The Medical Research Council (MRC) has announced the launch of the Millennium Medal 2020, the MRC’s most prestigious award that is presented annually to an exceptional researcher who has made a major contribution towards the MRC’s mission to improve health, quality of life and wealth creation.
Nominations for the MRC Millennium Medal 2020 are now open
To mark the 20th anniversary of the Millennium Medal, the MRC is now inviting nominations for the Medal from universities and independent research organisations to recognise an outstanding scientist that has currently or previously received MRC funding for their research, and who has shown a dedication to improving the research environment (for example by improving research culture, integrity and training).
The winner will be listed among the most highly influential and impactful researchers in the UK; they will deliver a lecture and receive a Medal that is specially created by The Royal Mint at a dedicated awards ceremony in Spring 2021.
The competition will be open for six weeks and close on 2 October 2020 at 17:00.
For any questions, please contact: firstname.lastname@example.org
History of the MRC Millennium Medal
Since its launch in 2000, the Millennium Medal has highlighted the work of eight truly outstanding researchers. The first recipient of the Medal was Dr César Milstein in 2000 for his pioneering work on monoclonal antibodies. The 2002 Medal was presented to Professor Tom Meade for his contribution to advance UK health, particularly in cardiovascular disease and, in 2004, Sir Peter Mansfield received the Medal to recognise his role in the development of MRI which plays a major role in aiding diagnoses and treatment today. Professor Sir Edwin Southern was awarded the Medal in 2006 for the invention of the Southern blotting technique and DNA microarray technology.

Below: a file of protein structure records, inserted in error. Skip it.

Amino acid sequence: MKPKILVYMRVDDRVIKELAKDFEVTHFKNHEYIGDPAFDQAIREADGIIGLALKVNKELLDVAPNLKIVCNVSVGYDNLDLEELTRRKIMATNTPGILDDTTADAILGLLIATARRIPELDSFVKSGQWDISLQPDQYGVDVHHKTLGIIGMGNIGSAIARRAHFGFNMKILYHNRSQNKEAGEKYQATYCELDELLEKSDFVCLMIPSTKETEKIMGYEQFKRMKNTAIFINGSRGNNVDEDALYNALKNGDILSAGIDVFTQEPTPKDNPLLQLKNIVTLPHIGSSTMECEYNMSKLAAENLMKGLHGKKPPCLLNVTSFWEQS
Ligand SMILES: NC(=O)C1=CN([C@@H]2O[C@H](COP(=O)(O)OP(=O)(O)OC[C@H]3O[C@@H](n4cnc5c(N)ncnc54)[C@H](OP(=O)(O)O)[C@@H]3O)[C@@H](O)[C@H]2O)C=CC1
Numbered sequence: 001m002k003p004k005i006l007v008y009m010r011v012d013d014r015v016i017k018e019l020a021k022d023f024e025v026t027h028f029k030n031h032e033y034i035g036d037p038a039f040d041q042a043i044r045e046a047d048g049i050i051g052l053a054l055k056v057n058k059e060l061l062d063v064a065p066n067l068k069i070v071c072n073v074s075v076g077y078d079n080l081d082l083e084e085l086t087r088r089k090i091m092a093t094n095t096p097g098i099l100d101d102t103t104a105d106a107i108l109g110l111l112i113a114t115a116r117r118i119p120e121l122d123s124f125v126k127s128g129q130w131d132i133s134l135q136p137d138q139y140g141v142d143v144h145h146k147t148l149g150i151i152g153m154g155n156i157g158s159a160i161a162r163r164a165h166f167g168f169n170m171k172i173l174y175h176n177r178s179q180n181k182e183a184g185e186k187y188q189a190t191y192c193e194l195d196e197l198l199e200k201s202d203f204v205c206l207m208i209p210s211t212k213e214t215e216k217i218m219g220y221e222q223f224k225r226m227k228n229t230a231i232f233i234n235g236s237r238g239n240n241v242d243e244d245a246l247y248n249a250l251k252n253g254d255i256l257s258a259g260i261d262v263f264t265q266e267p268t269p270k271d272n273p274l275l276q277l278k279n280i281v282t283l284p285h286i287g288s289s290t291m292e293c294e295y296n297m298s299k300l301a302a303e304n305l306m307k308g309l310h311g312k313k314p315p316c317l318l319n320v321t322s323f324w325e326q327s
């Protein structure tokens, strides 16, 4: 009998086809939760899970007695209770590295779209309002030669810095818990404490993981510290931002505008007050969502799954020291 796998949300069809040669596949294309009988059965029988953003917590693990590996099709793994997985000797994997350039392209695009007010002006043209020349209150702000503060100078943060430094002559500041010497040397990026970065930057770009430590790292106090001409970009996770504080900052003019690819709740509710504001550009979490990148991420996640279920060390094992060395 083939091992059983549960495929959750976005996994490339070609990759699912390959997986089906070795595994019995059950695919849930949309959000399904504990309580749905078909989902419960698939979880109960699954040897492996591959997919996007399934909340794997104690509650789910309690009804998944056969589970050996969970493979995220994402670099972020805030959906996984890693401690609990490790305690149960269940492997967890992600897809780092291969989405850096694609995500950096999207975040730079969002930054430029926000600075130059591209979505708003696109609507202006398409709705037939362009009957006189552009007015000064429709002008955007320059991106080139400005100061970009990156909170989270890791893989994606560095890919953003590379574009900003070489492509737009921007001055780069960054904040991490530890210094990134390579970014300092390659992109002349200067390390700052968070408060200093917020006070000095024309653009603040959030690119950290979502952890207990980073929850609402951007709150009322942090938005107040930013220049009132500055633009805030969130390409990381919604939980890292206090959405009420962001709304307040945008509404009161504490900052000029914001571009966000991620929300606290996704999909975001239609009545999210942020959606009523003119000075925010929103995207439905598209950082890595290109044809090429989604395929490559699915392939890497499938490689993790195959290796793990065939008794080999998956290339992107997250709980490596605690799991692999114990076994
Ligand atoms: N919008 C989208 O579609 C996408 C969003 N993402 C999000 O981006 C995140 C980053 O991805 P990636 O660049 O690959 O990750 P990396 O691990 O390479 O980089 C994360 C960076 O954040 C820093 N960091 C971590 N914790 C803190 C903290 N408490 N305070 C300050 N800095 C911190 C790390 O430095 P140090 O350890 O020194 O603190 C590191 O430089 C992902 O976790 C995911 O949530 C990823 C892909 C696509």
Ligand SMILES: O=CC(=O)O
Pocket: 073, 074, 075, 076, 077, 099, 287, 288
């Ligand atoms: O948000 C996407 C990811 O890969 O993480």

To mark the MRC’s Centenary in 2013, two Medals were awarded — to Professor Sir Philip Cohen and Professor Sir Gregory Winter for Sir Philip’s outstanding collaborative work with the pharmaceutical industry and Sir Greg’s development of humanised monoclonal antibodies. In 2015, Professor Sir Brian Greenwood received the Medal for his work in reinventing field research in tropical medicine and in 2017, Professor Janet Darbyshire received the Medal for her transformative work on clinical trials, resulting in major advances in diseases including tuberculosis, HIV and AIDS, and cancer.
Several of these researchers have also gone on to receive a Nobel Prize for scientific excellence in their field.
The Medical Research Council has been at the forefront of scientific discovery to improve human health. Founded in 1913 to tackle tuberculosis, the MRC now invests taxpayers’ money in some of the best medical research in the world across every area of health.